Basic Restaurant Management Procedures


The daily management of a restaurant includes managing labor and food costs, customer service, marketing and employee training. Effective restaurant management must strike a balance between a variety of goals and procedures. Here is a look into restaurant management, along with suggestions and guidance from seasoned restaurant owners.

The two main types of restaurant management activities that naturally exist are controlling the overall health of the firm and overseeing daily operations. It's beneficial to think of them as spokes on the same wheel since a high-performing restaurant needs to be strong in every area to keep on track. As crucial to a successful organization as calculating food expenditures is creating a healthy workplace culture.

1. Identify the costs of running your restaurant.

Knowing how to figure out your restaurant operating budget is important. To begin, it is important to know the difference between expenses and costs. Costs are payments that don't fluctuate and must be paid regularly. Expenses and Cost of goods sold are where any restaurant spends its money. The guts of restaurant management are figuring the fluctuating costs every day.

(i). Labor Cost

The cost of labor includes more than just the compensation given to hourly workers. In addition to salaries for full-time workers like managers and chefs, labor costs also include payroll taxes, bonuses, overtime pay, sick pay, and benefits. The easiest way to express labor expenditures, like all other management expenses for a restaurant, is as a proportion of overall sales. For instance, a daily labor cost of 21% to 25% is regarded as excellent in the restaurant industry.

(ii). Food Cost

There are two different food costs to consider: the price per dish and the total cost of the meal. Managers of restaurants should be able to calculate both since each number has a variety of applications. The best basis for determining your menu pricing is the cost of food per dish. Your overall cost of food offers you a better understanding of your profit margins overall.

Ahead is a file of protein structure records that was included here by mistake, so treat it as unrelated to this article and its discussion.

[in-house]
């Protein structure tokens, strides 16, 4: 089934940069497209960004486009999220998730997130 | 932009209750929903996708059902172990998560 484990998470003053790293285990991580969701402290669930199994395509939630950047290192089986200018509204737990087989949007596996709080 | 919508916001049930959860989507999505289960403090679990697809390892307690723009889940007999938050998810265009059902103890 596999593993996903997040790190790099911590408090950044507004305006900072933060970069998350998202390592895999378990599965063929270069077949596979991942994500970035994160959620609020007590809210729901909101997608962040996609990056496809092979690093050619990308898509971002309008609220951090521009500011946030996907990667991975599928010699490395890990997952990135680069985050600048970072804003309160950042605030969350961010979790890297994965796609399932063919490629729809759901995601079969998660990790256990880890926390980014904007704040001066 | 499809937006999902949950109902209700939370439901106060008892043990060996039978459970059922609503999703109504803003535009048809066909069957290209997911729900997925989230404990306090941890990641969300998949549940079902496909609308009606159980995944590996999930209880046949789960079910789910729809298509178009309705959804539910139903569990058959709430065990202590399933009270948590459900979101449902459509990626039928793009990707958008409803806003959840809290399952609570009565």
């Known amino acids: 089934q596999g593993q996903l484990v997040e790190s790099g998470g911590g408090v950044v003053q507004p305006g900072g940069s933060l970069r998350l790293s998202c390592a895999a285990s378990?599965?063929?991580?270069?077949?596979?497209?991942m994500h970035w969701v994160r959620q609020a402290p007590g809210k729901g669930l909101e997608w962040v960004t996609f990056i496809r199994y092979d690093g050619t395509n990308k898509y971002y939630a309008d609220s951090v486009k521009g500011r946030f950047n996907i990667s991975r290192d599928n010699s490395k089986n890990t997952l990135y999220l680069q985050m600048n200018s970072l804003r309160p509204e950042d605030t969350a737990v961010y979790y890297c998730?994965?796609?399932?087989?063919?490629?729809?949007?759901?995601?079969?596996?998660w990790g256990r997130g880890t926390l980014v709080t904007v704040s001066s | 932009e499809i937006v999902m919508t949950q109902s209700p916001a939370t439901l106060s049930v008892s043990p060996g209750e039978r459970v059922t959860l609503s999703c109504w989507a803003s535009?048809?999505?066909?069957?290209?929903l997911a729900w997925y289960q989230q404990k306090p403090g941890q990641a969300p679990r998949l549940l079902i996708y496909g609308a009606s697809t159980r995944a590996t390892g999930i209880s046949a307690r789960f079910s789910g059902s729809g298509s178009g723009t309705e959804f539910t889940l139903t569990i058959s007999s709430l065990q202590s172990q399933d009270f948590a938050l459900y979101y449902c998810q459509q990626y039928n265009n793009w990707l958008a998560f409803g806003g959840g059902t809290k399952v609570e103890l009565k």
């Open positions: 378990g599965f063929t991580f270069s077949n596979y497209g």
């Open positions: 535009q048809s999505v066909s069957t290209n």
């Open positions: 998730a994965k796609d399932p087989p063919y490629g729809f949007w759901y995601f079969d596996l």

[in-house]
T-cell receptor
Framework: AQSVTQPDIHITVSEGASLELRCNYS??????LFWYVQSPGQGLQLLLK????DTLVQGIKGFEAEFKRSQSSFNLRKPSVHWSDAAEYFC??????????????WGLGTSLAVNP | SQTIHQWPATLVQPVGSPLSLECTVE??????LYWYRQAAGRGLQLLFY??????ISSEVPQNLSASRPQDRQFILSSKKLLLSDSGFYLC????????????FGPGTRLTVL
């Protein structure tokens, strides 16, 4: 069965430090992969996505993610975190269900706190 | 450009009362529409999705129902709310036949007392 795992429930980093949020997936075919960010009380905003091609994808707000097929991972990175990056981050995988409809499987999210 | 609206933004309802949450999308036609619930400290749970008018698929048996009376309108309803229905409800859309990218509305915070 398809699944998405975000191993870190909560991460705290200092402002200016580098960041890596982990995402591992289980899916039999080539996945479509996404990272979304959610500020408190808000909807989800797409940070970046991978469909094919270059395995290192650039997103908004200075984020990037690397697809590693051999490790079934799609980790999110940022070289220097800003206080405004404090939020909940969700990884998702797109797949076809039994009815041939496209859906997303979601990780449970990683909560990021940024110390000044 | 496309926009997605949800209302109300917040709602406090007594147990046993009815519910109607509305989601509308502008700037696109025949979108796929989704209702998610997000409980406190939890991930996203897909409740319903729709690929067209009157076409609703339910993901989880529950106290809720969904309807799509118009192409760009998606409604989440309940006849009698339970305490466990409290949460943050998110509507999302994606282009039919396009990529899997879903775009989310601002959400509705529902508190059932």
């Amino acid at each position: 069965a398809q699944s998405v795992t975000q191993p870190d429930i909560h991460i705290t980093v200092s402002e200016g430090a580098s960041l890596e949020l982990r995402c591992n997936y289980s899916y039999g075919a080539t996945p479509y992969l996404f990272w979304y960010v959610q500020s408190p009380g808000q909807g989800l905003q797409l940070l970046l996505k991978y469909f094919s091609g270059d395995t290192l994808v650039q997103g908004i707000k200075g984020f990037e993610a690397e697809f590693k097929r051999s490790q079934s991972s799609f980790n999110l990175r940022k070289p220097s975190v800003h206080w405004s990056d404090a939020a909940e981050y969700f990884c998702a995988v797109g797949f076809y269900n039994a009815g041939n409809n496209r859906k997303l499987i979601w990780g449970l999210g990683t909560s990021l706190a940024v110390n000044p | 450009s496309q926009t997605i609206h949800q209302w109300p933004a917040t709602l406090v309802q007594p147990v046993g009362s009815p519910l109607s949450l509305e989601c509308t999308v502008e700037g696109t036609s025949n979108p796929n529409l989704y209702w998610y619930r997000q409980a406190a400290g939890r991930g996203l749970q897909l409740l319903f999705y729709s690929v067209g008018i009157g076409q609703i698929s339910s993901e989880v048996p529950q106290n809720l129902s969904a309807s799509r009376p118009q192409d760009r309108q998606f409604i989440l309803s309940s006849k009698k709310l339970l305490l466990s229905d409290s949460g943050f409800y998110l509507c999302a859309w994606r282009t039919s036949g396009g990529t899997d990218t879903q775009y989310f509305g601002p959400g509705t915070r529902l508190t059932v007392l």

(iii). Beverage Cost

Separating your alcohol, wine, beer, and non-alcoholic beverage COGS and sales is a smart idea. It is crucial to indicate on your invoices what category the things you have purchased will be used for if you want to make sure that your costing is accurate in a larger business. When calculating food and beverage bills at the end of the month, categorizing things as they come in will save you many hours of frustration.

2. Modify your operation to hit goals

Daily operational targets for labor and food cost usually come from owners and managers creating a forecast of expected sales. These numbers are essentially what percentage of your total revenue can you afford to spend on supplies and labor and still turn a profit. Industry-wide guidelines provide a good place to start. One of the all-time best things you can do to control costs is to increase sales.

Some industry-wide guidelines provide a good place to start.

  • Food cost: Between 21% and 30%
  • Labor cost: Between 25% and 30%
  • Prime costs (food cost + labor cost): 55% and 60%
  • Expenses: 30%

(i). How to Reduce Labor Cost

A restaurant management can take some specific actions to influence labour costs or food costs in particular. Let's say that while your labour prices fluctuate, your food costs are static. On the other side, you will pay more for your meals if your labour requirements are high but your food standards are really high.

(ii). Use Technology to Optimize Schedules

A POS system can show you your sales per hour easily, making this strategy a snap. A POS that syncs with your scheduling software can also enforce the schedule by preventing employees from clocking in early. Early starts can add up to thousands of dollars in a year.

(iii). Update Your Service Style

The fastest-growing business model is quick service restaurants (QSR). QSR restaurants give customers a QR code to a table before delivering the food to them. Another option is to give notification on their smart phone that let them know when their food is ready. Simply said, this kind of arrangement creates a single hourly labour cost centre.

(iv). Cross-train Your Team

Cross-training reduces your risk of being shorthanded when an employee is absent due to illness or is running late in addition to allowing you to reduce employees when business is slow. The easiest approach to cut labour costs in the back of the house is definitely through cross-training.

(v). Spread Side-work Tasks throughout the Day (and Week)

The non-service related chores that must be accomplished to keep the restaurant operating are referred to as "side-work". These include tidying the dry storage area, folding napkins, polishing glasses, and cleaning reach-in refrigerators. You can complete these chores while business is slow, saving labour hours at the start or end of a shift.

(vi). Avoid Break and Overtime Penalties

Some states mandate time-and-half pay for hours worked above 8 in a day. In certain areas, failing to provide employees with a meal break results in fines. To prevent incurring fines, check your local labour rules and keep an eye on the number of hours your crew is putting in.

(vi). Remember Your Payroll Obligations

Employers should aim for a daily overall labour cost of 20% or less if they want to keep within the 30% target range. It is normal to see daily labour costs break down to 12% labour in the kitchen and 9% in the dining room. Payroll taxes, unemployment taxes and workers' compensation insurance will cost employers 10% more than the cost of employee wages.